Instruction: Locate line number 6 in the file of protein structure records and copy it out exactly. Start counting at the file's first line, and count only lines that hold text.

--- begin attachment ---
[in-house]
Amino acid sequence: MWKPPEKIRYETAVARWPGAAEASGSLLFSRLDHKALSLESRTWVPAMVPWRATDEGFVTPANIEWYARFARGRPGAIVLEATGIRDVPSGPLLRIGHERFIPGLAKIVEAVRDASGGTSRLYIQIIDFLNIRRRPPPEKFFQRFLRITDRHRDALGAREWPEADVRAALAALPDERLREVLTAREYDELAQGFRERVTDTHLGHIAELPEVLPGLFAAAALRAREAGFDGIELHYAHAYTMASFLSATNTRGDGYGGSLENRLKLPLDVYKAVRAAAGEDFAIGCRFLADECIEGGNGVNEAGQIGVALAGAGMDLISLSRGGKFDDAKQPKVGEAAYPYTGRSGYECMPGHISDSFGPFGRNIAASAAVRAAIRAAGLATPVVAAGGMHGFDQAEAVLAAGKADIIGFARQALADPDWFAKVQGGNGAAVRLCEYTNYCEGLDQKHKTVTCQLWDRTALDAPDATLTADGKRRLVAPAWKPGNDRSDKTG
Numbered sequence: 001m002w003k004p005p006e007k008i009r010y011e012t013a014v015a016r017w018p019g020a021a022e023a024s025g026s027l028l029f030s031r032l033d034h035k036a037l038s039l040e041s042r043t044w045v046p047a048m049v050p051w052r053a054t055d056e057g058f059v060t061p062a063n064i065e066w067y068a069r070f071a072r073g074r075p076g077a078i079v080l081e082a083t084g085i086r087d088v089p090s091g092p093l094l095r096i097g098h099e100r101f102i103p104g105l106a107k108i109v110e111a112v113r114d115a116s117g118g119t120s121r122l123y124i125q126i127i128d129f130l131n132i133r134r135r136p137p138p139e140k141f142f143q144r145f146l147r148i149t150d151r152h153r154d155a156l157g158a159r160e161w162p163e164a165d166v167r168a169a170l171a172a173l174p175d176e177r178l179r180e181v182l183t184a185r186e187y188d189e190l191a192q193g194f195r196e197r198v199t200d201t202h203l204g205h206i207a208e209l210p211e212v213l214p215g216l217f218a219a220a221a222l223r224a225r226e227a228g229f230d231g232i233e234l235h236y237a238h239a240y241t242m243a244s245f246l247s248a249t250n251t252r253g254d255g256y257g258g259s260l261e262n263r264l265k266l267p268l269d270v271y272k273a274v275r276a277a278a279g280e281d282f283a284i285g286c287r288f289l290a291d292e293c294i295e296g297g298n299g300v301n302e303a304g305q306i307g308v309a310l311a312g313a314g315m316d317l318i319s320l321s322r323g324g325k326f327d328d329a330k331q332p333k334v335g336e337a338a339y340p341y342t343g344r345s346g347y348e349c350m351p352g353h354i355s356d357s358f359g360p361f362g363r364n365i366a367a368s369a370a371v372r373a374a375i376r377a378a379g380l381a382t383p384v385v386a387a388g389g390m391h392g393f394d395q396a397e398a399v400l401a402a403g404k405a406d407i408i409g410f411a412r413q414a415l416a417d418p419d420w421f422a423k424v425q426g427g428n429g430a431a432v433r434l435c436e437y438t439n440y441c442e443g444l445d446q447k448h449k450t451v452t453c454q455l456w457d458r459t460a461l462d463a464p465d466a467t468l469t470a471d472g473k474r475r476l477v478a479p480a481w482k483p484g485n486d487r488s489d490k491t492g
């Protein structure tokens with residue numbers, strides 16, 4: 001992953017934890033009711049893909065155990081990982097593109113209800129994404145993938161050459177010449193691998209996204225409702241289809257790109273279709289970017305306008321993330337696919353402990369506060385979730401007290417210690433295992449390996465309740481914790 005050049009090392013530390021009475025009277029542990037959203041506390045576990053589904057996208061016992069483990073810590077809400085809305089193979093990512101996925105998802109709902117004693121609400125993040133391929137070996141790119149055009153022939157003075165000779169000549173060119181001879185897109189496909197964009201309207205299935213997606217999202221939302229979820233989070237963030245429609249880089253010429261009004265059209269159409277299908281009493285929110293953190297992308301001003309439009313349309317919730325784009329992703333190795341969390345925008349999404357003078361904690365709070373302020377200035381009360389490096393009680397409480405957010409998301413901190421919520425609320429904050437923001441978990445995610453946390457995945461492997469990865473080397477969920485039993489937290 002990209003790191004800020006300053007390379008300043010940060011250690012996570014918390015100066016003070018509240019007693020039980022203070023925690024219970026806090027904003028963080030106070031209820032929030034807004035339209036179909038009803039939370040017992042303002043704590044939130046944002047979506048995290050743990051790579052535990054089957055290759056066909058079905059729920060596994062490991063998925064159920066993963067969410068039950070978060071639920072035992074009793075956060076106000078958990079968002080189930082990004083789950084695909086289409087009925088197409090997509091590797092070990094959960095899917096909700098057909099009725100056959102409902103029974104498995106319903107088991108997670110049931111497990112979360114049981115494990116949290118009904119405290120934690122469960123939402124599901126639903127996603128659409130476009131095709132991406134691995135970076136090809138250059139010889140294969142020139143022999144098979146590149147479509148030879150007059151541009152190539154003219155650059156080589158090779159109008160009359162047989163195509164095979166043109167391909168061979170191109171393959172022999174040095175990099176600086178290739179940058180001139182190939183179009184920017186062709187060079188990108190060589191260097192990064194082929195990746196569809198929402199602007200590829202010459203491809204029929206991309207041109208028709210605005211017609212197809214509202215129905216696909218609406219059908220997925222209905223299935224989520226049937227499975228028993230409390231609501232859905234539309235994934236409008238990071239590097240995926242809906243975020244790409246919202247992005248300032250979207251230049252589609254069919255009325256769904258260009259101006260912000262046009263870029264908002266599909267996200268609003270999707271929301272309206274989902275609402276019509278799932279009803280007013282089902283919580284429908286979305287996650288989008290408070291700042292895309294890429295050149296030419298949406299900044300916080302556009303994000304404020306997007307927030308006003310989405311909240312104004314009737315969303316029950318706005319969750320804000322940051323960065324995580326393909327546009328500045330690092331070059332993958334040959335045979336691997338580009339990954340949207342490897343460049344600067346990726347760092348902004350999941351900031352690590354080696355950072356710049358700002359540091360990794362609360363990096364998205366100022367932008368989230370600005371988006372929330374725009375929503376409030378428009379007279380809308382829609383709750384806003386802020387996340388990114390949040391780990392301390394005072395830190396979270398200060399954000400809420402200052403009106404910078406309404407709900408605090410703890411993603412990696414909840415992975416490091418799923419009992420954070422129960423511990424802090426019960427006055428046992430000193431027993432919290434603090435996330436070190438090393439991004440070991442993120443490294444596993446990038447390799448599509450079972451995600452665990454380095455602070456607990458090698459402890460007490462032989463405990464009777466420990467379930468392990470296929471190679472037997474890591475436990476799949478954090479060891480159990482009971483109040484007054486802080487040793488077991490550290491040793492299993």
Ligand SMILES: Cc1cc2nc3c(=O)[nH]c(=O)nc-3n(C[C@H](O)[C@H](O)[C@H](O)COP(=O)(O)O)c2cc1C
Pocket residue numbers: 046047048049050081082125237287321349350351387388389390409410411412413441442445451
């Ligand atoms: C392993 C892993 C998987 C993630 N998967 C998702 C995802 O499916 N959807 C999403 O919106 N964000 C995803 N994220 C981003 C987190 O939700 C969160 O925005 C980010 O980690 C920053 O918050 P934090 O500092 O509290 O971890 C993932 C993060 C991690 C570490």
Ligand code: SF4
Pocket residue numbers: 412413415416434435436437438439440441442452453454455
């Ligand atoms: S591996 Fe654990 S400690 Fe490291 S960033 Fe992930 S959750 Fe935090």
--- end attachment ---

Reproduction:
Pocket residue numbers: 046047048049050081082125237287321349350351387388389390409410411412413441442445451